- Coby Yee, dancer, and owner of the Forbidden City
- Calvin Fong, son of Fong Wan, owner of Club Shanghai
- Cynthia Yee, started dancing at age 17 in the mid-60’s all-Asian floorshow at Andy Wong’s Chinese Skyroom
This webinar explores a little known, but exciting topic, in Chinese-American history: Chinese-American nightclubs. In particular, the presentation will focus on the nightclubs owned by a well-known herbalist, Fong Wan of Oakland, and how he eventually turned a bankrupt restaurant into a first-class nightclub. Many of the performers (singers, dancers, magicians, acrobats, comedians, etc) were Chinese with headliner names; like, the “Chinese Frank Sinatra,” or the “Chinese Ginger Rogers.” Many performers were 2nd generation Asians coming out of the Great Depression and who loved entertaining but were shut out from performing live on American stage or in the movies. The Chinese nightclubs offered a venue for them to show their many talents and opened opportunities that they could not realize otherwise. The clubs became extremely popular during the 1940s-early 1960s and were places to see and be seen by the Hollywood elite.
About the Speaker
Calvin was born in Oakland near Chinatown. In the 1940s, his mother worked as a part-time, evening hostess at the Oakland nightclub. She didn’t want to leave the young children (including me) at home, fending for themselves; so, she brought them to the club. The kids were told to sit way in the back or sit upstairs in the balcony—quietly. We watched the shows, drinking cherry cokes, and were fascinated by the variety and talent of the performers. We were especially mesmerized by the magicians and acrobats. In-between shows, a few of the performers would occasionally “babysit” us and chat. One of the magicians even showed us a few, simple magic tricks (that I have now completely forgotten). In the early 1950s, our parents would sometimes take us to the Club Shanghai in San Francisco Chinatown on Friday nights. My father would be conducting business and my mother would chat with the employees/friends in the back room or kitchen. The only time the kids were allowed in (i.e., forced into) the kitchen was when the “exotic” dancers came on the stage…. We met many of the performers but were too young to really appreciate most of them.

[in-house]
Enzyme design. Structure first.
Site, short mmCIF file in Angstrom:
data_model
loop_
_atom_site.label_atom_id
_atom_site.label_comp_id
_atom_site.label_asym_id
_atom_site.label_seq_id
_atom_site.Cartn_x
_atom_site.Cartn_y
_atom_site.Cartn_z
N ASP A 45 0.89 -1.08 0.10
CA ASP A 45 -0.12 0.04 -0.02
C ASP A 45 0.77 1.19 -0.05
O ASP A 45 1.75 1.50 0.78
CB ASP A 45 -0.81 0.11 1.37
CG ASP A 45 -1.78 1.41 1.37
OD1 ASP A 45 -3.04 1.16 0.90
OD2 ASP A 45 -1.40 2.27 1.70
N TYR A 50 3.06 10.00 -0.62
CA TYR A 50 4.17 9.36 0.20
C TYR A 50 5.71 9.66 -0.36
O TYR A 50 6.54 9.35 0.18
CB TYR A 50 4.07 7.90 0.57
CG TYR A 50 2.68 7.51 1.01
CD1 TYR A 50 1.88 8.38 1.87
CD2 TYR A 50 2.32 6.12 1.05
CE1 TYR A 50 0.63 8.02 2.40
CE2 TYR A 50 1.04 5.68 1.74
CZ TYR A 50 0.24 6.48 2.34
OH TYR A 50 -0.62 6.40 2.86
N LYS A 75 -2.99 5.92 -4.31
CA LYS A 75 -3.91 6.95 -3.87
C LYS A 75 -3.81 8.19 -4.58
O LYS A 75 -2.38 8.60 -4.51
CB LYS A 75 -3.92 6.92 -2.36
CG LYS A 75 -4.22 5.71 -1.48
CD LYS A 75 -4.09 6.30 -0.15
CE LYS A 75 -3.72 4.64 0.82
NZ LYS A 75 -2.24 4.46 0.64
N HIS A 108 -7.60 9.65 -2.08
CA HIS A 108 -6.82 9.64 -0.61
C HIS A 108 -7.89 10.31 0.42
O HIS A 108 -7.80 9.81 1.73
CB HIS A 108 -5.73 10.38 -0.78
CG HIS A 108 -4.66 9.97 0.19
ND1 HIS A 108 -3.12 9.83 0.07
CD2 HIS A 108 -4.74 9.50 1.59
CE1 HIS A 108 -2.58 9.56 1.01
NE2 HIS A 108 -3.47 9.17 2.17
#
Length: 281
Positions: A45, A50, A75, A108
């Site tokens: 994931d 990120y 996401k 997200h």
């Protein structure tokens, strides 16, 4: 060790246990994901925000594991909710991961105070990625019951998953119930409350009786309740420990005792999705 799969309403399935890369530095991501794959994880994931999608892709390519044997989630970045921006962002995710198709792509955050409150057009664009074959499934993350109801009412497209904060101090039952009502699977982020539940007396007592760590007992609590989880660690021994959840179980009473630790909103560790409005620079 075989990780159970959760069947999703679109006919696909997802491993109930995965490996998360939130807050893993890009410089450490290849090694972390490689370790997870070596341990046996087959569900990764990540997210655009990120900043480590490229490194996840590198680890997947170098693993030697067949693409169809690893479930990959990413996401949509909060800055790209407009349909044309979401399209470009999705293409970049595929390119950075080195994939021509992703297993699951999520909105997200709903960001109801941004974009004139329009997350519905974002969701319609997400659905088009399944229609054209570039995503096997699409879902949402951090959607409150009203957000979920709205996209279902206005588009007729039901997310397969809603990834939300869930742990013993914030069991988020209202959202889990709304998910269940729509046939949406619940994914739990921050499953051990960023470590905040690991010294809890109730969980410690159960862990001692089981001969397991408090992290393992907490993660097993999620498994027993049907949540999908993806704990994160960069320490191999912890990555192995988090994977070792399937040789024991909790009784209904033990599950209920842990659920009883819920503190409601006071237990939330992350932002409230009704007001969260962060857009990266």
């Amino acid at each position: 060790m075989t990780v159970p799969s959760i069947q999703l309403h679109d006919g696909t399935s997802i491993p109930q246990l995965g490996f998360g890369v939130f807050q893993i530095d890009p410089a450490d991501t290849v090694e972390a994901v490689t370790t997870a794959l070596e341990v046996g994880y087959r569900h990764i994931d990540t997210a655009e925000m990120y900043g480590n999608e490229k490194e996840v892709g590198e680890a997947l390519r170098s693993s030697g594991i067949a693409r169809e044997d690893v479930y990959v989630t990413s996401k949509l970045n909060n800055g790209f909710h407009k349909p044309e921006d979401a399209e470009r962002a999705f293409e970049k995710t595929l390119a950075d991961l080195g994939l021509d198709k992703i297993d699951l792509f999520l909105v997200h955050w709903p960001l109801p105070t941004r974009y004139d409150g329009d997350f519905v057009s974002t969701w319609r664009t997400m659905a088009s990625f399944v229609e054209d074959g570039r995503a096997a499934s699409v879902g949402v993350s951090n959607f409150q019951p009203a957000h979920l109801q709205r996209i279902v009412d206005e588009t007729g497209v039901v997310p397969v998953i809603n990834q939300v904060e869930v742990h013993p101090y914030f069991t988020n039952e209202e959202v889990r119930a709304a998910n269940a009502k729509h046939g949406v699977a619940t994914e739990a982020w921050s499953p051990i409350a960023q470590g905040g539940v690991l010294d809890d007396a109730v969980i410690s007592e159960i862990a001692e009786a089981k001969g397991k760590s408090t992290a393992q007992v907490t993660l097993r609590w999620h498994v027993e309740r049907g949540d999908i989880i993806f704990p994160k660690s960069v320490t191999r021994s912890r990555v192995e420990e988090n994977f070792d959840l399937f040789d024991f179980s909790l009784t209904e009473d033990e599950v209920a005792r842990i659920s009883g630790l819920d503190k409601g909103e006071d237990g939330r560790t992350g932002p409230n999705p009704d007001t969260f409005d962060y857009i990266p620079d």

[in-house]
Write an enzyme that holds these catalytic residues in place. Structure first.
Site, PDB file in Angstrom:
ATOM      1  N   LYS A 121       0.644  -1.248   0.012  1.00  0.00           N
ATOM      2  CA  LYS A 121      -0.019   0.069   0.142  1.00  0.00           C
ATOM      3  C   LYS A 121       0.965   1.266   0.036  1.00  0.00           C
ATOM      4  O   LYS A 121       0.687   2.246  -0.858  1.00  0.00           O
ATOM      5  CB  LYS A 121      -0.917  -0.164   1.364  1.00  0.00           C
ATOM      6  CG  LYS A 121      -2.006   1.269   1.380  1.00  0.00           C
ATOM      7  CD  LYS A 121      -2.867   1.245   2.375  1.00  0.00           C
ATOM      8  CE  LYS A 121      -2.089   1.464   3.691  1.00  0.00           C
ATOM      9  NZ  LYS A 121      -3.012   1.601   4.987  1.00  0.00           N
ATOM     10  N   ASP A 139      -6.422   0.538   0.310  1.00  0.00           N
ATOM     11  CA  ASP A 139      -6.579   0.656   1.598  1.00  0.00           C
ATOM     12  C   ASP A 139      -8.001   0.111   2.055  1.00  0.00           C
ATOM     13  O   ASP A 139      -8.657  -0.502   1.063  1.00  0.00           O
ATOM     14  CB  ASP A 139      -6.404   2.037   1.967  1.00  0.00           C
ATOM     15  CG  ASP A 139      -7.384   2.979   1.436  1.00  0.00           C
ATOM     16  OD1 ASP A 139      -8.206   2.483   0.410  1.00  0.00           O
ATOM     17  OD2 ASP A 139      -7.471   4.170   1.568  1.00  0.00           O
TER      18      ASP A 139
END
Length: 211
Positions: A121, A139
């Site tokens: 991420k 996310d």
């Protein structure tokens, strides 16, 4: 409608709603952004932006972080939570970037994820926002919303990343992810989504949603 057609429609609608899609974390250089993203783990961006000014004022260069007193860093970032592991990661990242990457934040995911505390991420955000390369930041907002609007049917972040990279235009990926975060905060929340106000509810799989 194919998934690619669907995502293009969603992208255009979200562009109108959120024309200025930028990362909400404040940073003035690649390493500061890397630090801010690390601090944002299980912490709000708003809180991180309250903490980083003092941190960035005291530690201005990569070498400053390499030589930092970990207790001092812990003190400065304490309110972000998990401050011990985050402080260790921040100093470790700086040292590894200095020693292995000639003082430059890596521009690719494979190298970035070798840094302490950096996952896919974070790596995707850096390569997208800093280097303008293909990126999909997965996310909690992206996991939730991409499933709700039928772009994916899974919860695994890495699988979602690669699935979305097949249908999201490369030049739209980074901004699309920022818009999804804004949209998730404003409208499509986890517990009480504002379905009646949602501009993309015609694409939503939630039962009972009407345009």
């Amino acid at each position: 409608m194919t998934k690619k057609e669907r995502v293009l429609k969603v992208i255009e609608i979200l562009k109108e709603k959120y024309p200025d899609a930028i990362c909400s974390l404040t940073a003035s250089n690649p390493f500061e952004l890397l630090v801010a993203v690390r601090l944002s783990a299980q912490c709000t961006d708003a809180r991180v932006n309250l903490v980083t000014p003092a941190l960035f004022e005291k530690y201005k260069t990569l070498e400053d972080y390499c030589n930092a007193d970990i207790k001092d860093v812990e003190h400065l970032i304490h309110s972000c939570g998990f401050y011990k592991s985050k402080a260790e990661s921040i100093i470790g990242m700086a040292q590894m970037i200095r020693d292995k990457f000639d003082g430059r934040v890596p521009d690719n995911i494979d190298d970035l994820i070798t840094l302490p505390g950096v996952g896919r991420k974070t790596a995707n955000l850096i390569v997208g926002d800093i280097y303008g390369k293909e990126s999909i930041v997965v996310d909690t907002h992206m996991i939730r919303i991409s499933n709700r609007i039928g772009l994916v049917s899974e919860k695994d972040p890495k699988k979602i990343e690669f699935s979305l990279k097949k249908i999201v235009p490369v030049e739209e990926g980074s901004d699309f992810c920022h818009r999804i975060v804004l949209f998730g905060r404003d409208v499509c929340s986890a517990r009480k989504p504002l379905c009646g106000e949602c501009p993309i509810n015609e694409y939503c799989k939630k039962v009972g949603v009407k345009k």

Panelist: Cynthia Yee
In the mid-1960s, Dorothy Toy was producing an all-Asian floorshow at Andy Wong’s Chinese Skyroom, one of the most popular nightclubs in San Francisco’s Chinatown. Dorothy was in need of a substitute dancer and called Cynthia, who was only seventeen at the time. With her parents’ permission, Cynthia went on stage and began her professional career. She recalled later, “In the beginning of course everybody always said, ‘Why do you let your daughter be in show business?’ and Dorothy told my mom that she would take care of me, and she did. Because I was in Dorothy Toy’s show and my mother knew Dorothy as a personal friend, it was fine.” In 1967, Cynthia won the prestigious Miss Chinatown crown, performing a dance choreographed by Dorothy Toy.
Cynthia stayed in touch with many of the nightclub dancers through the years and she continued to dance for her own health and enjoyment. In the 1990s, she was called upon to help support fundraising for the Chinese Hospital in San Francisco. She called her old friends from the nightclubs and founded the Grant Avenue Follies, a troupe that revives the golden age of Chinese nightclubs and supports charitable organizations throughout the city. In 2005, because of the community work done by the Grant Avenue Follies, Cynthia received the Jefferson Award, a prestigious national recognition system honoring community and public service in America. She also performs in a Chinese-themed magic act with the illusionist Tamaka and is the owner of San Francisco Chinatown Ghost tours, a historical walking tour through the alleyways of Chinatown.
Panelist: Coby Yee
Known as “China’s Most Daring Dancing Doll”, Coby Yee began dancing in the 1940’s and soon became a mainstay in Asian nightclubs, particularly Charlie Low’s Forbidden City in San Francisco. She performed all over the country through the 1950’s and 1960’s, eventually buying Forbidden City in 1962 and running it until it closed in 1970. Now 94 years old, she was just awarded the 2020 Living Legend Award ,